A puff of white smoke rose from the chimney at the Sistine Chapel in Vatican City Wednesday afternoon, signifying that a group of Catholic cardinals had picked a new pope to replace Benedict XVI.
Cardinal Jorge Bergoglio, of Argentina, made his first appearance as the 266th pontiff of the Roman Catholic Church on the balcony at St. Peter’s Basilica. He will go by the name Pope Francis, referencing St. Francis Assisi who was the founder of the Franciscan Order and devoted himself to a life of poverty.
The crowd of onlookers in front of St. Peter’s, waiting to see the Pope for the first time, shouted, “Habemus papam!” Their call translates to “we have a pope!”
Last month, Pope Benedict resigned on the grounds that he was no longer physically able to carry out his job. He became the first pope in 598 years to resign.
The decision to elect the new pontiff came after the fifth ballot cast by the 115 cardinals since the papal conclave began Tuesday. Pope Francis, 76, is the first non-European pope to be elected.
In Park Slope, Catholics, former Catholics and people of varying religious backgrounds had a range of reactions to Pope Francis' election, from joy to doubt.
Brother Tom Barton, the Director of Campus Ministry at Bishop Ford Central Catholic High School on 19th Street, was excited about the new leader of the Roman Catholic Church.
“I was secretly hoping that the Pope would be not be European. This is certainly a good surprise,” Brother Barton said, who lives in Our Lady of Angels Friary in Bay Ridge. “The little we know of the man is that he is for the poor and lives a simple lifestyle. The Vatican Council called us to be a church of the poor and we have been struggling with that for 50 years, but he is from a part of the world that has poor in large numbers and he is a Pope for the poor.”
Barton said that he was pleased with how quick the election took place, which only took two days.
“The electors obviously had an idea of who they wanted to lead us. Archbishop Gregory said that Pope Francis was the runner up when Pope Benedict won the election," Barton explained. "He’ll be a very good leader and is a champion of the poor.”
Barton explained that Pope Francis took his name from St. Francis Assisi, who devoted his life to the poor, and this adoption is an “indication of where and how he will lead the Catholic Church.”
Diego Ocasio, a 75-year-old Park Slope resident who was born in Puerto Rico, liked that Pope Francis is from Argentina.
"I think it's a good choice because there's never been a pope from South America," Ocasio said, explaining that his age is not a problem. "Nothing bad at all about that. He looks young and healthy. He's going to change everything."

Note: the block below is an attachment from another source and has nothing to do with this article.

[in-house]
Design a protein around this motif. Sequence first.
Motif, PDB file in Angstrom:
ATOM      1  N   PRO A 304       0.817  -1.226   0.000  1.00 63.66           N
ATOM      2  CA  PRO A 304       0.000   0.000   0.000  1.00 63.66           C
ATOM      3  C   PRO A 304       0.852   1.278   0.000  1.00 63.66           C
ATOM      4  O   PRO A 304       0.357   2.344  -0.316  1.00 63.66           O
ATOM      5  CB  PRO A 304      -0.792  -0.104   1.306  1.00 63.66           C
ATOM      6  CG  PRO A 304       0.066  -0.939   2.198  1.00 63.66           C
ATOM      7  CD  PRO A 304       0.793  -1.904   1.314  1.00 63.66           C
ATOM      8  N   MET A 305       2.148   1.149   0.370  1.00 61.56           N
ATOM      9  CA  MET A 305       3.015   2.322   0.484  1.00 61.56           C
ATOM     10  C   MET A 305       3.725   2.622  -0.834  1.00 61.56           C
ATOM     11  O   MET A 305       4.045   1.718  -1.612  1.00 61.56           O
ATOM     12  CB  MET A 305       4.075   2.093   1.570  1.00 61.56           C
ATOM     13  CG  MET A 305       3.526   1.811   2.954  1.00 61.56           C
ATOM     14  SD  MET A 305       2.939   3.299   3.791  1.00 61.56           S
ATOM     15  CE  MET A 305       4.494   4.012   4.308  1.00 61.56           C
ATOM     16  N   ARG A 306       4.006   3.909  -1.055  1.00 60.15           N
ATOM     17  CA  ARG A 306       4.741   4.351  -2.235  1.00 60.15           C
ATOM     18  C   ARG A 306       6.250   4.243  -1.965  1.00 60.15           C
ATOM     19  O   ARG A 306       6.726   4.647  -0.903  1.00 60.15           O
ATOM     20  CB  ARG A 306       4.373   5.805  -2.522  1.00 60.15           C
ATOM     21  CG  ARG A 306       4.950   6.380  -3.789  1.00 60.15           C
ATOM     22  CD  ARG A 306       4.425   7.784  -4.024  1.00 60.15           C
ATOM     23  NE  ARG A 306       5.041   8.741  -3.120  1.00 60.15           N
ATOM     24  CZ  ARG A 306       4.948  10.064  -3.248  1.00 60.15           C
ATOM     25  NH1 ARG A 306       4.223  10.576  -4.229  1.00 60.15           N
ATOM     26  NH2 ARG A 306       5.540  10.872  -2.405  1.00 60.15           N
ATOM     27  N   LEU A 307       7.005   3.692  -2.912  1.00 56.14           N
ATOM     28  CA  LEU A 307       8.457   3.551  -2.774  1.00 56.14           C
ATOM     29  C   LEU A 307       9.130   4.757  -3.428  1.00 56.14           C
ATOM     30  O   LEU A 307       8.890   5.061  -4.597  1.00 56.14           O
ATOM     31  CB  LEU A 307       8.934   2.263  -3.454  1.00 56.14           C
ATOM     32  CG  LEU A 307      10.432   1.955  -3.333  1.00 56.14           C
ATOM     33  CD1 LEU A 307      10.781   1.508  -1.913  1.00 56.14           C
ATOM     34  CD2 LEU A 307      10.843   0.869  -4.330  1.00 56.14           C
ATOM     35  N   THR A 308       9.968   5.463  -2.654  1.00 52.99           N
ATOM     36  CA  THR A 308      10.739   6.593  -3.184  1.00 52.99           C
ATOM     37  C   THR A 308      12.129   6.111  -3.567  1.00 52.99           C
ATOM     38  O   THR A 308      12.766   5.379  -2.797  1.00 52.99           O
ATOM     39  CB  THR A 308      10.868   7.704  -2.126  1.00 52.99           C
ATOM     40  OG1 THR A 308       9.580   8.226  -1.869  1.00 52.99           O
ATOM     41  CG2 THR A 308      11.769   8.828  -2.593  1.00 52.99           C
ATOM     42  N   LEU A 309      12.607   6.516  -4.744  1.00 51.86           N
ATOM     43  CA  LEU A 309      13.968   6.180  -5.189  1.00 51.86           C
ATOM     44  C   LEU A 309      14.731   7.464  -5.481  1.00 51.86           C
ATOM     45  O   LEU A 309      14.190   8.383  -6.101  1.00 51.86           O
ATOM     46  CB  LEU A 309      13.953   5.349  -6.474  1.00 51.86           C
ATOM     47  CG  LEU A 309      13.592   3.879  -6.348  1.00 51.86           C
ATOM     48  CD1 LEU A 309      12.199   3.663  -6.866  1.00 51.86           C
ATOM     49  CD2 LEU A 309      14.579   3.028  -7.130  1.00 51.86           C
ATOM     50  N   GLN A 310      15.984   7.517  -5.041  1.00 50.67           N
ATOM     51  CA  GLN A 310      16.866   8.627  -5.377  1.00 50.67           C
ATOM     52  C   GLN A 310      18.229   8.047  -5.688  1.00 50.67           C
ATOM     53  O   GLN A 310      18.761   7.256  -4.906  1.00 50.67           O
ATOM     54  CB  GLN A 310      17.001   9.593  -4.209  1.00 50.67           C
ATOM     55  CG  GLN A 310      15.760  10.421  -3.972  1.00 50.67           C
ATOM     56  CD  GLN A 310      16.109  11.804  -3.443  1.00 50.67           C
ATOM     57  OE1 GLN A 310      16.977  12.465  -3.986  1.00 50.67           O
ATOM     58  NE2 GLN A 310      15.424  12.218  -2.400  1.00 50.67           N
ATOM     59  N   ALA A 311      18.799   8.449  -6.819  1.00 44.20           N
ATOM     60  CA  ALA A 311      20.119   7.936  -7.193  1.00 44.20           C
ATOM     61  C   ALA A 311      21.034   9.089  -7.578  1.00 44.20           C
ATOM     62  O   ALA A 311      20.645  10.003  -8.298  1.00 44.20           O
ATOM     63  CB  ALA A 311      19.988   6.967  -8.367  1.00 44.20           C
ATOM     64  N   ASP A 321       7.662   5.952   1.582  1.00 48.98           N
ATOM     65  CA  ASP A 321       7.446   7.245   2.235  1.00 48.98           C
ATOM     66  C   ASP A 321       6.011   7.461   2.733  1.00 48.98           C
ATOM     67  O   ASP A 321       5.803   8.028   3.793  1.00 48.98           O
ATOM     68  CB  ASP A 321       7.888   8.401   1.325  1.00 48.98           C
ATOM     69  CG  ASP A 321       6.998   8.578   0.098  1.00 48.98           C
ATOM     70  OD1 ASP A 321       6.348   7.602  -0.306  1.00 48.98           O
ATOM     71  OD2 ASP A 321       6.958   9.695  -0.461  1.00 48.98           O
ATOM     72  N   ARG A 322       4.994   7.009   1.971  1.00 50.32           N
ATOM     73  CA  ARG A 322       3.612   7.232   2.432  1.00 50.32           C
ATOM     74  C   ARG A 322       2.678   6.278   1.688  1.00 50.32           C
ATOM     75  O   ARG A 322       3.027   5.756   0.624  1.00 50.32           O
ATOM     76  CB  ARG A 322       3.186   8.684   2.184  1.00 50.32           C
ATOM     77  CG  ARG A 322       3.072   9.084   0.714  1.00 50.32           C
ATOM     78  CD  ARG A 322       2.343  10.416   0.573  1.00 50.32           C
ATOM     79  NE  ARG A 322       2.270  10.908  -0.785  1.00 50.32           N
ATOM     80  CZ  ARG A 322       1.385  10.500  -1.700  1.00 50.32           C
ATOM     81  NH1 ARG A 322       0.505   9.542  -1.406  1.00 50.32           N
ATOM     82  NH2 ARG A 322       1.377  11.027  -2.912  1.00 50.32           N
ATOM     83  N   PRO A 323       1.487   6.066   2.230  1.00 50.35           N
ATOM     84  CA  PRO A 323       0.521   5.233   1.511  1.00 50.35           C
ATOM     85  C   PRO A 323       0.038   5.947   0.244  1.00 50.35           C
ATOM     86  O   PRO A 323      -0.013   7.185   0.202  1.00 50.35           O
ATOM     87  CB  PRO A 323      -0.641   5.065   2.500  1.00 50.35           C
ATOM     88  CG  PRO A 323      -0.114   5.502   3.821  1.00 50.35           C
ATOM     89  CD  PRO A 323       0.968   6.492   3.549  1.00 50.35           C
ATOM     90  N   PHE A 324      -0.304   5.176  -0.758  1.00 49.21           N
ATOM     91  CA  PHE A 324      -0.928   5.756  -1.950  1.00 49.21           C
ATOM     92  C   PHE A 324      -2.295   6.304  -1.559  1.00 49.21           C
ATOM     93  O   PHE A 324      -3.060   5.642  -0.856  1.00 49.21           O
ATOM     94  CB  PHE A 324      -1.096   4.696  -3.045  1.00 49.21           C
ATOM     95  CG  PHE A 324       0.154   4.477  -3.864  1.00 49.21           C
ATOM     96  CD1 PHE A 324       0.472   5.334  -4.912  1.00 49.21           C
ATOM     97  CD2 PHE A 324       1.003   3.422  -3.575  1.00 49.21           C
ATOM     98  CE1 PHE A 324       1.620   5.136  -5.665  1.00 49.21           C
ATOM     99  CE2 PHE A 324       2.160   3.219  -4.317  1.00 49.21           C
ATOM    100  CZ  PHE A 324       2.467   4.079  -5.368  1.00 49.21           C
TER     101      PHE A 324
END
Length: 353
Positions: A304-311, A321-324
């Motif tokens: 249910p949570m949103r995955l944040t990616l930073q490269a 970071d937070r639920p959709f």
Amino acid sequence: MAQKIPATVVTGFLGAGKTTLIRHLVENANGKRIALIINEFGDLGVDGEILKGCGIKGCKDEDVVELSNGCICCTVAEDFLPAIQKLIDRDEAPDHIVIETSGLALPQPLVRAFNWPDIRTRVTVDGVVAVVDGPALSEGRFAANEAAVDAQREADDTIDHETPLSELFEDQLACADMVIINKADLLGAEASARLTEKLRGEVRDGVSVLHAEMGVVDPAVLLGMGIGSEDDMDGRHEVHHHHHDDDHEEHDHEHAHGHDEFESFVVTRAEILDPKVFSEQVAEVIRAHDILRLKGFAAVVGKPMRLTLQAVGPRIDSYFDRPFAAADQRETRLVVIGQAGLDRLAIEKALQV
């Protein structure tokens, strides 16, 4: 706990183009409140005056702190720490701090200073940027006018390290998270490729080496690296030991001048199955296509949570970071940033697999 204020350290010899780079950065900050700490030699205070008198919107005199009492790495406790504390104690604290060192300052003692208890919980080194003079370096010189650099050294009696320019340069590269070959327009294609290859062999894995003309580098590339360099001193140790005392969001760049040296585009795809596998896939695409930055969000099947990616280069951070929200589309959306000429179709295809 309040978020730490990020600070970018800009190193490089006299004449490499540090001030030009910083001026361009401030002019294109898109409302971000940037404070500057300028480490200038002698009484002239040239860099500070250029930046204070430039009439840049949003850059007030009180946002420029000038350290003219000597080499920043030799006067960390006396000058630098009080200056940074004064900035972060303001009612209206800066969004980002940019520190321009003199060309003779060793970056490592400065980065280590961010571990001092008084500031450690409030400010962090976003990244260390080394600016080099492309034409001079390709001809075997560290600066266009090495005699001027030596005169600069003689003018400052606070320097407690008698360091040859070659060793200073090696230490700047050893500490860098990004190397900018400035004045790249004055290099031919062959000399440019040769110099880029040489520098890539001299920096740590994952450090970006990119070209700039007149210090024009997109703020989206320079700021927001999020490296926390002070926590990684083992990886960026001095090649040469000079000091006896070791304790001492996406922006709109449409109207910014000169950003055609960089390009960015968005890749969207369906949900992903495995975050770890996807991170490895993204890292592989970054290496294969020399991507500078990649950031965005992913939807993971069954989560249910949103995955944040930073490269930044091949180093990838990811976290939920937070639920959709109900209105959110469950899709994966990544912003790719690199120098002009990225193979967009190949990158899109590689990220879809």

However, not everyone in Park Slope thought that the election of a new pope will bring change to the world.
Mike Jones, a father of a first grader at St. Saviour Academy on Eighth Avenue, said that a new Pope will not change a thing in the Catholic Church.
“This signifies that there will be no change whatsoever. The papacy is a club with tremendous wealth and power whose ends are only good for the status quo,” Jones said, who was born into a Catholic family with five other siblings but left the Catholic religion after years of physical abuse from nuns in Catholic school. “They will never address pedophilia or other issues that are ruining the archaic religion.”
He continued, “My reaction is sad resignation that there will be no change until the Church has the courage to stand up and address its issues.”
Jules Hill-Craig, who grew up a Protestant and attended the Church of England, said Pope Francis “seemed humble and ready for the job.”
However, she disagrees with the Catholic Church.
“I think there is something rotten in the Vatican. I think its years of corruption and pedophilia need to be dealt with. There’s no transparency and there needs to be in a religious institution,” Hill-Craig said while on Eighth Avenue. “The Vatican should be dismantled and rebuilt.”
Hill-Craig, who moved from England to Park Slope seven years ago, said that the Pope as a religious figure is treated like a “rock star.”
“When I was at the Vatican years ago, I saw the Pope and he had three body guards and was wearing an expensive watch and pair of shoes,” she said. “It was like watching a rock star, and that doesn’t sit well with me. A pope needs to be humble.”
Maura Lorenzen, the principal of St. Saviour Catholic Academy, said that all of her students watched today’s historic moment:
“There was so much excitement today, even more than a snow day,” Principal Lorenzen said. “When the kids saw the white smoke, there was a roar of joy throughout the entire school. They felt they were part of history.”
She said that she felt lucky to watch the election with her students.
“I was very excited during the election, it was a great event to share with the kids.”
What do you think of the election of Pope Francis? Let us know in the comments section below!